In 1985, Protests and Vandalism Against Portland Abortion Clinics Were on the Rise

The incidents of vandalism, investigated by police but unsolved, occurred against a backdrop of growing pro-life militancy.

This story first ran in the Sept. 19, 1985, edition of WW.

At 10:16 on the night of Saturday, Aug. 17, someone living near the Lovejoy Surgicenter heard a loud pop and rushed to the window of his home. The neighbor saw flames leaping over the east wall of the clinic and called the fire department. Before fire fighters arrived, another neighbor had doused the blaze with a small extinguisher. The fire fighters mopped up, but they quickly realized the cause of the fire: arson. Someone had tried to burn down Lovejoy, a day-surgery clinic and the largest single provider of abortions in Oregon.

The fire did little physical damage; in a report to the fire department, the clinic cited damages to a part of its wall and a shrub, and valued the loss at just $350. And since the incident occurred after hours, the day-surgery facility’s operations were not interrupted. “It was a feeble attempt,” says Allene Klass, Lovejoy’s president.

But the arson effort introduced a new and unsettling element into Portland’s already simmering dispute over abortion. “It really woke people up,” insists Klass, who initially hushed up the incident but last week offered details to Willamette Week.

The attempted arson — fire officials were still searching for those responsible but wouldn’t comment on their progress at press time — is the latest in a series of physical attacks on abortion-related facilities in the metro area dating back to the middle of July.

Since that time, the Portland Feminist Women’s Health Center on Southeast Foster Road has seen its phone lines cut (blocking most incoming calls for five hours), its electricity tampered with (causing a loss of power for 30 minutes), and its windows smashed. Meanwhile, Planned Parenthood Association, Inc., whose office on Southeast 50th Avenue performs no abortions, has had its front doors broken. All the incidents occurred when these facilities were closed. “The reality is that we’re under siege,” confesses Joan Binninger, education director at Planned Parenthood. “We may as well face up to it.”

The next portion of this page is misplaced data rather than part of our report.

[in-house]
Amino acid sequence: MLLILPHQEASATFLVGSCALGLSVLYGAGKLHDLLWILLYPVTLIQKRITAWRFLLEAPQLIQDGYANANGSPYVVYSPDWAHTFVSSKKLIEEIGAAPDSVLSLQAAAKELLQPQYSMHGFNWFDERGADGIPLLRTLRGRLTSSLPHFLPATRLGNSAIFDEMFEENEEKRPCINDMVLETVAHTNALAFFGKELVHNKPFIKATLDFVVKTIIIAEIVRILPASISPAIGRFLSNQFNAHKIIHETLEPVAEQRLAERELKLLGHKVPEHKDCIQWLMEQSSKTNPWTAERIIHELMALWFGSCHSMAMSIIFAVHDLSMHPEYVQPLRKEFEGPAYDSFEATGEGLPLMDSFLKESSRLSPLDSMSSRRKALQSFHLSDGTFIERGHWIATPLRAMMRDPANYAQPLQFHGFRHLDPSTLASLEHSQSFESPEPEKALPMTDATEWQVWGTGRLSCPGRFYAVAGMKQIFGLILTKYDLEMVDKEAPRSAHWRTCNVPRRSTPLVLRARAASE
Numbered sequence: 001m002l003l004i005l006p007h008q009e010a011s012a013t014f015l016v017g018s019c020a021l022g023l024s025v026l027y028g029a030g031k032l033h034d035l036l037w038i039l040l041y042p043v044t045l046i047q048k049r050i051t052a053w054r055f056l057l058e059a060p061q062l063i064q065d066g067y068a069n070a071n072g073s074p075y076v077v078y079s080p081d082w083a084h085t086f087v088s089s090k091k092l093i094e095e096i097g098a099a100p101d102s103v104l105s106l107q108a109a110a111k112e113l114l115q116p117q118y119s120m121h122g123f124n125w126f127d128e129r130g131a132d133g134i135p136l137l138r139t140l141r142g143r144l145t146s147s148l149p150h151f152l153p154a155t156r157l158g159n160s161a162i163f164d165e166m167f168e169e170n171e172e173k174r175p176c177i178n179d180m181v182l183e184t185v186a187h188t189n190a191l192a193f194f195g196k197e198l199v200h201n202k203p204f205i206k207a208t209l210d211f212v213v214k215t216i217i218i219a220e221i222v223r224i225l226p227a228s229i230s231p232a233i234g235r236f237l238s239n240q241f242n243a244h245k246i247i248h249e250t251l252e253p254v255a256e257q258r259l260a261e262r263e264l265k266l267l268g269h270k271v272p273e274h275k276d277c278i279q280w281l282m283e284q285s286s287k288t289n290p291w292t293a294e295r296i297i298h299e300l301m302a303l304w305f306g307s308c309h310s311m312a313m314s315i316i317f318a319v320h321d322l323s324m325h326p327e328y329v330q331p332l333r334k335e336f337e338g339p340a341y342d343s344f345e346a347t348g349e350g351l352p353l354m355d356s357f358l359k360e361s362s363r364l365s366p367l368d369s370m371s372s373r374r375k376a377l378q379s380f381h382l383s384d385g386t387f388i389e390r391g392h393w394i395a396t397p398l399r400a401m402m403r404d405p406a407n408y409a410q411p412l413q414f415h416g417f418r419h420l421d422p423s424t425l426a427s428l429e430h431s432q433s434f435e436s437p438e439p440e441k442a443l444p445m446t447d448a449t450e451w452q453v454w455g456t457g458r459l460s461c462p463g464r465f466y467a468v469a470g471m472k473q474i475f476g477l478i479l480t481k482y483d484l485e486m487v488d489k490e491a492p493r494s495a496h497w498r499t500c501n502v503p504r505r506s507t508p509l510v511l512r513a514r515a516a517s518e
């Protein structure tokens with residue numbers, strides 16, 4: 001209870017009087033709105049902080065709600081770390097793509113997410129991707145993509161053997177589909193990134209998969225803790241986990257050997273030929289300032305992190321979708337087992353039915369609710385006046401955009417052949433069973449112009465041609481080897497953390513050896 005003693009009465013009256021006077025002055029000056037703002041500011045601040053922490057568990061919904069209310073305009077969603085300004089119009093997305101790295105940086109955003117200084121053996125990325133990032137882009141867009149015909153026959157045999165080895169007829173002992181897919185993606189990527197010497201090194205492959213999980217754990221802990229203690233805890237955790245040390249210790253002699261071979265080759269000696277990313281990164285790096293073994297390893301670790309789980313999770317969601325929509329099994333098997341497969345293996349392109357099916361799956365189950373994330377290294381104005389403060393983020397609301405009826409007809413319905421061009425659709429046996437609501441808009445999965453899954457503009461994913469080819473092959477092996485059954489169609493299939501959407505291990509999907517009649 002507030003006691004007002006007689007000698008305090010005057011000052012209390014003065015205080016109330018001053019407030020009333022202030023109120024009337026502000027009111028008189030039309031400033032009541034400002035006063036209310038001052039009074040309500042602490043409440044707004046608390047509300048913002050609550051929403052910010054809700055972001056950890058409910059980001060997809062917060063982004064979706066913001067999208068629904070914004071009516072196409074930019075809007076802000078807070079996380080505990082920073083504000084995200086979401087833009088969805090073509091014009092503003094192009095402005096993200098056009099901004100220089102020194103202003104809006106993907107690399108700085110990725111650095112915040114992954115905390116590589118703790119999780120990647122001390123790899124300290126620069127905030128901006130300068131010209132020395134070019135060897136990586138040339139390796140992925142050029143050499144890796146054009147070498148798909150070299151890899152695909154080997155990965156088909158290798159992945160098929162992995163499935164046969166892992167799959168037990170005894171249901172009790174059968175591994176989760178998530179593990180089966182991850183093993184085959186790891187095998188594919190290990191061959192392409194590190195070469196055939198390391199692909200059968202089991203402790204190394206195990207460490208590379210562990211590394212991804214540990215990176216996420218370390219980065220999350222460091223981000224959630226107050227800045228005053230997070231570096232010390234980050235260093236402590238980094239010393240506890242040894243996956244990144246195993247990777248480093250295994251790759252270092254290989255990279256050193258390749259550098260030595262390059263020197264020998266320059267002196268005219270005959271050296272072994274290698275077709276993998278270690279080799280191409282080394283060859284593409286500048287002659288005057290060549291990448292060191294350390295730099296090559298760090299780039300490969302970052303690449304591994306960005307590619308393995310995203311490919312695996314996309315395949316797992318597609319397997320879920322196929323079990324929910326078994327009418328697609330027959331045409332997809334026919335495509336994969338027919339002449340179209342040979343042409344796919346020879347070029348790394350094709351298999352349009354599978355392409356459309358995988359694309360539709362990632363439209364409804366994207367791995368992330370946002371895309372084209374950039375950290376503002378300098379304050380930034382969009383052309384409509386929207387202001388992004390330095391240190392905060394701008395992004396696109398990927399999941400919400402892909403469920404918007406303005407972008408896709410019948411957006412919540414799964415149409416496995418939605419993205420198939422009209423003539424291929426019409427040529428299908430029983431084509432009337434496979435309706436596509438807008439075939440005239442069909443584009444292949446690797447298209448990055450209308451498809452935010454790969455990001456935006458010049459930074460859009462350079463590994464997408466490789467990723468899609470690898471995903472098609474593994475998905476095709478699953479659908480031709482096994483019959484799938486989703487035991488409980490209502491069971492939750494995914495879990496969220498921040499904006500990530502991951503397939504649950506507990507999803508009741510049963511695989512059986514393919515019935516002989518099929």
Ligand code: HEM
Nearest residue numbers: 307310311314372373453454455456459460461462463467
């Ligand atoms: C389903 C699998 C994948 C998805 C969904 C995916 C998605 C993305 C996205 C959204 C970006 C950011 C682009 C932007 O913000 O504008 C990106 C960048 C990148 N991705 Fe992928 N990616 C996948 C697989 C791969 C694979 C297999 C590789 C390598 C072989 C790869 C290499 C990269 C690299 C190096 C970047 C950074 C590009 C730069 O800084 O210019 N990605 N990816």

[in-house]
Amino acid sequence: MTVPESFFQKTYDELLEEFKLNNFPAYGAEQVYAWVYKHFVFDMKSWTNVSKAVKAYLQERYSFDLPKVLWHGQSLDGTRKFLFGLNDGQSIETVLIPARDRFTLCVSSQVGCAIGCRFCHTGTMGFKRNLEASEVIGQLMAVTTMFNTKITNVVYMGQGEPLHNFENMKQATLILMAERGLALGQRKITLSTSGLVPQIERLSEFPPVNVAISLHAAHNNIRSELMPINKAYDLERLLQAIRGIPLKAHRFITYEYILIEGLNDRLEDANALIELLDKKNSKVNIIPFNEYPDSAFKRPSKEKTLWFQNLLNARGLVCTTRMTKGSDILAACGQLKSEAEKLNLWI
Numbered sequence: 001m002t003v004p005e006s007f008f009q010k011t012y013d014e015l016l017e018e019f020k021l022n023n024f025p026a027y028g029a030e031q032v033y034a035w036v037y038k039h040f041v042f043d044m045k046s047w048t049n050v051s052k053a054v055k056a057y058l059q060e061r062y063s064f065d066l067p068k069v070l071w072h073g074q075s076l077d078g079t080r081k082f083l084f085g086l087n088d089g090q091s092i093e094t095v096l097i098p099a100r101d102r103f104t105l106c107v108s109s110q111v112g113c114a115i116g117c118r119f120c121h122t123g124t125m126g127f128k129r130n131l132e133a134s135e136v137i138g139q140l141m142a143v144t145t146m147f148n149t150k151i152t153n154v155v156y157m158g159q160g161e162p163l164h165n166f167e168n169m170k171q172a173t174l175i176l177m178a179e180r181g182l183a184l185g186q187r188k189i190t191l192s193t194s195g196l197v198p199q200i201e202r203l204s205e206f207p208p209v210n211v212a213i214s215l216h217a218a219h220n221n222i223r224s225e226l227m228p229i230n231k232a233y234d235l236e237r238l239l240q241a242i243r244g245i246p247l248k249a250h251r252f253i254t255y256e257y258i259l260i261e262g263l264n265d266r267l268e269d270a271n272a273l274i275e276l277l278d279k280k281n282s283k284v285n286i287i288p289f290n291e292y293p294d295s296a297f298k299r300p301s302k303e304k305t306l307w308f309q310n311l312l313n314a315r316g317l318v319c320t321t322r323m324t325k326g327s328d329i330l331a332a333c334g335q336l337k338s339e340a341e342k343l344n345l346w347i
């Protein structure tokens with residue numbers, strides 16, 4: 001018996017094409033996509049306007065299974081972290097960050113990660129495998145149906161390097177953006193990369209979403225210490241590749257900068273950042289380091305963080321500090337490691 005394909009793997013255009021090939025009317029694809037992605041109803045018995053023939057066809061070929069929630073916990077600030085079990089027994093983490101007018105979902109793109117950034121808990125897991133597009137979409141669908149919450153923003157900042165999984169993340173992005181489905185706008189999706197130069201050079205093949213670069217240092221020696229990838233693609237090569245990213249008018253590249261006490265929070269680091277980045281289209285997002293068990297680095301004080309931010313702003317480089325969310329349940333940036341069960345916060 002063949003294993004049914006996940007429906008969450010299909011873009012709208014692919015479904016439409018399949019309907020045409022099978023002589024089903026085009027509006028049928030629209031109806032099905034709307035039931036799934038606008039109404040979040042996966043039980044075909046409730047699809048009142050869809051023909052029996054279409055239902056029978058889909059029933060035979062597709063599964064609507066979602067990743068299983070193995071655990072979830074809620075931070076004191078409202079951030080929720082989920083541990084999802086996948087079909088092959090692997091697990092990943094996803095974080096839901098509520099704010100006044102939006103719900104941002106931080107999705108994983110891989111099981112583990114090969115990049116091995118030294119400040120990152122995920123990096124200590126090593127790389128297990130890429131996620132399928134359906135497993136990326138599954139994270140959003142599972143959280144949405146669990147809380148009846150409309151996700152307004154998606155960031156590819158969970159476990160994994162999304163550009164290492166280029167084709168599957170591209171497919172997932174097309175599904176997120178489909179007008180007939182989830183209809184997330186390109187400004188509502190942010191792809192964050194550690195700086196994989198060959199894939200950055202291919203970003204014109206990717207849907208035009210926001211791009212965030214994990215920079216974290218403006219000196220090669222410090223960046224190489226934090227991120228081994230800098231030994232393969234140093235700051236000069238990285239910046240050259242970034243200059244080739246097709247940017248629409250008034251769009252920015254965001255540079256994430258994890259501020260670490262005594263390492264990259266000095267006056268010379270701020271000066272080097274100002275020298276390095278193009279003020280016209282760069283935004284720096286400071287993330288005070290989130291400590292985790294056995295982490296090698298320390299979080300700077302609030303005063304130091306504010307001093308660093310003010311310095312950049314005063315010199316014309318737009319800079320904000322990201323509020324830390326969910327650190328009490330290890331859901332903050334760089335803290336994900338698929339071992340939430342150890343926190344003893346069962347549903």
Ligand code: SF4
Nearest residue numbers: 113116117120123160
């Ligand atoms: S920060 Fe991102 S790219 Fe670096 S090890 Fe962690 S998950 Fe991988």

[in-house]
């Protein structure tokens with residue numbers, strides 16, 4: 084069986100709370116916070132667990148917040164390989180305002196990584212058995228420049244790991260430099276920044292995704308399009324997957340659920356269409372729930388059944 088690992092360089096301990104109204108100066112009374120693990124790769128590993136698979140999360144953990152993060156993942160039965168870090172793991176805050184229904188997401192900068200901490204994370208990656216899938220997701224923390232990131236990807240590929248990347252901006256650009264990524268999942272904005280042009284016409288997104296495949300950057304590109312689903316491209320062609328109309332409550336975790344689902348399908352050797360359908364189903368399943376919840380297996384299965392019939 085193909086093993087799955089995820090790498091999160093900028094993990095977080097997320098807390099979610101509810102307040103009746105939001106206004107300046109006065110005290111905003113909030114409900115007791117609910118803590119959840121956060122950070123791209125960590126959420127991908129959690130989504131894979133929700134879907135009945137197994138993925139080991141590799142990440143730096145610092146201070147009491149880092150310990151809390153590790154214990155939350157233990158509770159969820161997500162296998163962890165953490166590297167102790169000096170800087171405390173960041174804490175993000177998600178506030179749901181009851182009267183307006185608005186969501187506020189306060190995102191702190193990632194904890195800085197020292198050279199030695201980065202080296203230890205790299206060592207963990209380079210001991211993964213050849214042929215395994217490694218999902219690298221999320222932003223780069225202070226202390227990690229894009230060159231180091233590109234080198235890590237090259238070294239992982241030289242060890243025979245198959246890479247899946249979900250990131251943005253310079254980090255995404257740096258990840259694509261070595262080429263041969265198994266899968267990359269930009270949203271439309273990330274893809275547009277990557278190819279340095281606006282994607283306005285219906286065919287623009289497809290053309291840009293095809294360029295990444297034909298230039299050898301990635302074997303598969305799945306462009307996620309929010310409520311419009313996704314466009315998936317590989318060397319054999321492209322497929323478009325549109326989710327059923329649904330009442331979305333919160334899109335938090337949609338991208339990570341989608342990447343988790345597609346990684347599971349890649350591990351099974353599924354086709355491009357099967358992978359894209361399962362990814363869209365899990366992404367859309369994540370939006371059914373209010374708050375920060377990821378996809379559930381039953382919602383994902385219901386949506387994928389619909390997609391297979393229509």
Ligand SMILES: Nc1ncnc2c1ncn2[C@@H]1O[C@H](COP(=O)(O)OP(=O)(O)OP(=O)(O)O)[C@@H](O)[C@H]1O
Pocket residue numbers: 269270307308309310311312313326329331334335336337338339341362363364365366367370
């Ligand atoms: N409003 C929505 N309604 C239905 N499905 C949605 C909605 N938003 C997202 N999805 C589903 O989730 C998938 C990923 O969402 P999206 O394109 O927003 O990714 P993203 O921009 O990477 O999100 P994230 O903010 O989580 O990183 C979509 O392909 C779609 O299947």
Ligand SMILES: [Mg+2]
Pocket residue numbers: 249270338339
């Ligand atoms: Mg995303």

Portland, however, isn’t the only city that has seen a recent rise in attacks on clinics, day-surgery centers and hospitals that perform abortions. In the first five months of 1985, the Washington. D.C.-based National Abortion Federation, a pro-choice health-care trade group, reported seven instances of bombings, arsons and attempted arsons against abortion facilities in California, Illinois, Ohio, Texas, Louisiana and the District of Columbia. In 1894, the group recorded a total of 24 attacks or attempted attacks on clinics, a number equal lo those recorded for the previous seven years. The increased violence, which observers credit to the pro-life movement’s increasing frustration over its failure lo convince both the courts and elected officials lo roll back abortion rights, has pushed the struggle over abortion back into the media. Among a number of recent stories was a cover article in the Sunday New York Times Magazine about a Forest Grove. Ore., physician who performs abortions.

In Portland, the recent incidents of vandalism, which have been investigated by police but remain unsolved, have occurred against a backdrop of growing pro-life militancy. “Clients are increasingly physically blocked from entering our facility or verbally abused on their way in,” says one of the feminist clinic’s security officers, who does not wish to be named. “The demonstrators are trying to create a climate of fear and intimidation.”

At Lovejoy, the protesters seem close to succeeding — and they threaten to turn the chic Northwest Portland neighborhood into a battleground. In what police say has become an almost routine Saturday event, Lovejoy Surgicenter supporters and pro-life protesters trade insults outside the center. Last Saturday, for example, a core of frequent protesters began the demonstration around daybreak by shouting slogans from across the street and reading from the Bible. Below a window of the Surgicenter that butts up against a sidewalk, a cluster of pro-lifers sang hymns.

Though the demonstrators claim they are victims of harassment themselves, one police officer describes “some of the tactics used” by protesters al the weekly gatherings as “questionable " The manager of Westover Tower, an apartment building up the street, says that as many as “nine or 10″ of his tenants call the police weekly complaining about noise, and though police are careful to respect rights of free speech, arrests sometimes are made. By 9:30 last Saturday, for instance, two patrol cars had arrived and one demonstrator had been cited for trespassing. Says Klass, who has been active in the pro-choice movement for more than a decade, “The harassment is escalating like I never thought it would.”